The same Times reporter goes on to quote the gallant champion himself: "By God, we've kicked the Vietnam syndrome once and for all." The second national newspaper joined in, applauding the "spiritual and intellectual" triumph in the Gulf: "Martial values that had fallen into disrepute were revitalized," and "Presidential authority, under assault since Vietnam, was strengthened." With barely a gesture towards the dangers of overexuberance, the ultraliberal Boston Globe hailed the "victory for the psyche" and the new "sense of nationhood and projected power" under the leadership of a man who is "one tough son of a bitch," a man with "the guts to risk all for a cause" and a "burning sense of duty," who showed "the depth and steely core of his convictions" and his faith that "we are a select people, with a righteous mission in this earth," the latest in a line of "noble-minded missionaries" going back to his hero Teddy Roosevelt -- who was going to "show those Dagos that they will have to behave decently" and to teach proper lessons to the "wild and ignorant people" standing in the way of "the dominant world races." Liberal columnists praised "the magnitude of Bush's triumph" over a much weaker enemy, dismissing the "uninformed garbage" of those who carp in dark corners (Thomas Oliphant). The open admiration for fascist values is a matter of some interest.


On British television, anti-Saddam Arab intellectuals in London, including the prominent Kuwaiti opposition leader Dr. Ahmed al-Khatib, were unanimous in calling for a cease-fire and for serious consideration of Saddam's February 15 peace offer. In October 1990, Dr. al-Khatib had stated that Kuwaitis "do not want a military solution" with its enormous costs for Kuwait, and strenuously opposed any military action.

The silence here was deafening, and most instructive. Unlike Bush and his associates, the peace movement and Iraqi democratic opposition had always opposed Saddam Hussein. But they also opposed the quick resort to violence to undercut a peaceful resolution of the conflict. Such an outcome would have avoided the slaughter of tens of thousands of people, the destruction of two countries, harsh reprisals, an environmental catastrophe, further slaughter by the Iraqi government and the likely emergence of another murderous US-backed tyranny there. But it would not have taught the crucial lessons, already reviewed. With the mission accomplished, the disdain for Iraqi democrats continues unchanged. A European diplomat observes that "The Americans would prefer to have another Assad, or better yet, another Mubarak in Baghdad," referring to their "military-backed regimes" (dictatorships, that of Assad being particularly odious). "This may account for the fact that thus far, the administration has refused to meet with Iraqi opposition leaders in exile," Jane Friedman reports in the Christian Science Monitor. A diplomat from the US-run coalition says that "we will accept Saddam in Baghdad in order to have Iraq as one state," which might be interpreted as meaning: to prevent Iraqi democracy.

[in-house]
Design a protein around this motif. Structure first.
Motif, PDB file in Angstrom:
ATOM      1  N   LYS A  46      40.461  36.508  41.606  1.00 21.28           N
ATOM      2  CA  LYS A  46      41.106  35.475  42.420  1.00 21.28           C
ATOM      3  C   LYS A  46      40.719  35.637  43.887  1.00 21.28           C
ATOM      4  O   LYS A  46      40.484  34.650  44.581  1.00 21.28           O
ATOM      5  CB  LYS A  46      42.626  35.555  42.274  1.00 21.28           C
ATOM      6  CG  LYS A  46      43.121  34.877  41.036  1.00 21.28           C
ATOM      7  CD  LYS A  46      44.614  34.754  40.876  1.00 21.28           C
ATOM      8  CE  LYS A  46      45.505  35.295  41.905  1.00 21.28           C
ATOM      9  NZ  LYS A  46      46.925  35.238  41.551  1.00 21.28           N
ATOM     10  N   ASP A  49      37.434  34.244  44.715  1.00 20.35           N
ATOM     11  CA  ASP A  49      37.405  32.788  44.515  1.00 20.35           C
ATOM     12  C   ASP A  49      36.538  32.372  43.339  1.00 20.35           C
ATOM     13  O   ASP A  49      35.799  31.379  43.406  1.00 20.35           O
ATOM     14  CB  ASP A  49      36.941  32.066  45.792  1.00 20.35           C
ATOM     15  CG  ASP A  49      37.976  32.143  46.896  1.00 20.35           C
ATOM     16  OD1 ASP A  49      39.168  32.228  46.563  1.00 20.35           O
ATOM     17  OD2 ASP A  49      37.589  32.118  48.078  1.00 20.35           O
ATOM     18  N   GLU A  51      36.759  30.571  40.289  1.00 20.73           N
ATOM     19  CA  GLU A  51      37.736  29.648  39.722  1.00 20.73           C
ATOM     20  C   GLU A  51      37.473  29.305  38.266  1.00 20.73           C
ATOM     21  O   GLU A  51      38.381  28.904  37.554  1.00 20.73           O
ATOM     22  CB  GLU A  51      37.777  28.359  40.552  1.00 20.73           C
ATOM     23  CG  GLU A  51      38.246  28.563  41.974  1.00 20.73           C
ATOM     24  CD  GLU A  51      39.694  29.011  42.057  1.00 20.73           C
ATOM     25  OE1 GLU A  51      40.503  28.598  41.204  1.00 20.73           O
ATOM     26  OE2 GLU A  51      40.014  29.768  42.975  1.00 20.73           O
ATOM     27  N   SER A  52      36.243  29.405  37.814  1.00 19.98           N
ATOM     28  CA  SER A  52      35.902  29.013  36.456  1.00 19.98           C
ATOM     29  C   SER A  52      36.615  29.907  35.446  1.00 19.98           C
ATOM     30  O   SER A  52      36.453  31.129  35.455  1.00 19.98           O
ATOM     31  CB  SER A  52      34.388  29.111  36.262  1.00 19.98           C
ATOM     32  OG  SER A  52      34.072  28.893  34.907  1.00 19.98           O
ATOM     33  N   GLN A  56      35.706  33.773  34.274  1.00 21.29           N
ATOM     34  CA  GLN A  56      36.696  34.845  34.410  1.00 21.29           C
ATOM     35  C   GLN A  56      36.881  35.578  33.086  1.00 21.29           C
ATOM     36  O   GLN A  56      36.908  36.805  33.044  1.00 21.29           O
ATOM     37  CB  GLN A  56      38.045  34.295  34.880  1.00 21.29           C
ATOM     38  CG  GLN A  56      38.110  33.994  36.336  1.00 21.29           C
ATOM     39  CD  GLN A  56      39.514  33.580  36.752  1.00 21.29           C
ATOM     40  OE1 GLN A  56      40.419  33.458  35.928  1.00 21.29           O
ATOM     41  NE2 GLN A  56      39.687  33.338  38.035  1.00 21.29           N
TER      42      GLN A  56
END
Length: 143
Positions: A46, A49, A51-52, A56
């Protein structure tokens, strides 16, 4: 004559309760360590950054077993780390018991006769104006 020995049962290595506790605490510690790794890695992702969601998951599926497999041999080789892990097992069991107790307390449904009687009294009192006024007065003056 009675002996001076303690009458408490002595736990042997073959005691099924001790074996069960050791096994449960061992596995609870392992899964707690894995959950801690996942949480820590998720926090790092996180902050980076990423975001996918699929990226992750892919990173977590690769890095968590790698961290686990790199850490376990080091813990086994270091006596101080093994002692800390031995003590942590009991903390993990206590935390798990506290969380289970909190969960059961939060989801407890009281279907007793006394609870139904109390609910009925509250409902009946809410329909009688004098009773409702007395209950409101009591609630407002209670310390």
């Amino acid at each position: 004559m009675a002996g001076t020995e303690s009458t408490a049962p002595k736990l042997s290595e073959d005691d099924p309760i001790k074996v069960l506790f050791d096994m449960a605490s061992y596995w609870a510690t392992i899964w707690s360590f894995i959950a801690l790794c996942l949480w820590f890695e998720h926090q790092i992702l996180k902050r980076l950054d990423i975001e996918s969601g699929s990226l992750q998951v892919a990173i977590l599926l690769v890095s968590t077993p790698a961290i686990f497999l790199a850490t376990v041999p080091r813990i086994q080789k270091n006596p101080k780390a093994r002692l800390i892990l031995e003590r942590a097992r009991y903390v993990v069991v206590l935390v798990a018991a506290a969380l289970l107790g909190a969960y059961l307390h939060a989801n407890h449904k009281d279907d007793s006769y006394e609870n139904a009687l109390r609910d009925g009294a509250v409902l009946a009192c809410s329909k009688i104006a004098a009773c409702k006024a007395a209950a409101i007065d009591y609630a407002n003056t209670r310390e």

Education must provide the opportunities for self-fulfillment; it can at best provide a rich and challenging environment for the individual to explore, in his own way.
The most radical revolutionary will become a conservative the day after the revolution.
Altogether, I think we ought to read only books that bite and sting us. If the book does not shake us awake like a blow to the skull, why bother reading it in the first place? So that it can make us happy, as you put it? Good God, we'd be just as happy if we had no books at all; books that make us happy we could, in a pinch, also write ourselves. What we need are books that hit us like a most painful misfortune, like the death of someone we loved more than ourselves, that make us feel as though we had been banished to the woods, far from any human presence, like a suicide. A book must be the ax for the frozen sea within us. That is what I believe.
Letter to Oskar Pollak, January 27th 1904
It is in the very nature of things human that every act that has once made its appearance and has been recorded in the history of mankind stays with mankind as a potentiality long after its actuality has become a thing of the past. No punishment has ever possessed enough power of deterrence to prevent the commission of crimes.
"Eichmann in Jerusalem: A Report on the Banality of Evil"
also I know several aliens and most of them are not demons. they are fine upstanding citizens who contribute to society in several interesting and non controversial ways that blur the edge between sanity and the outer dimensions.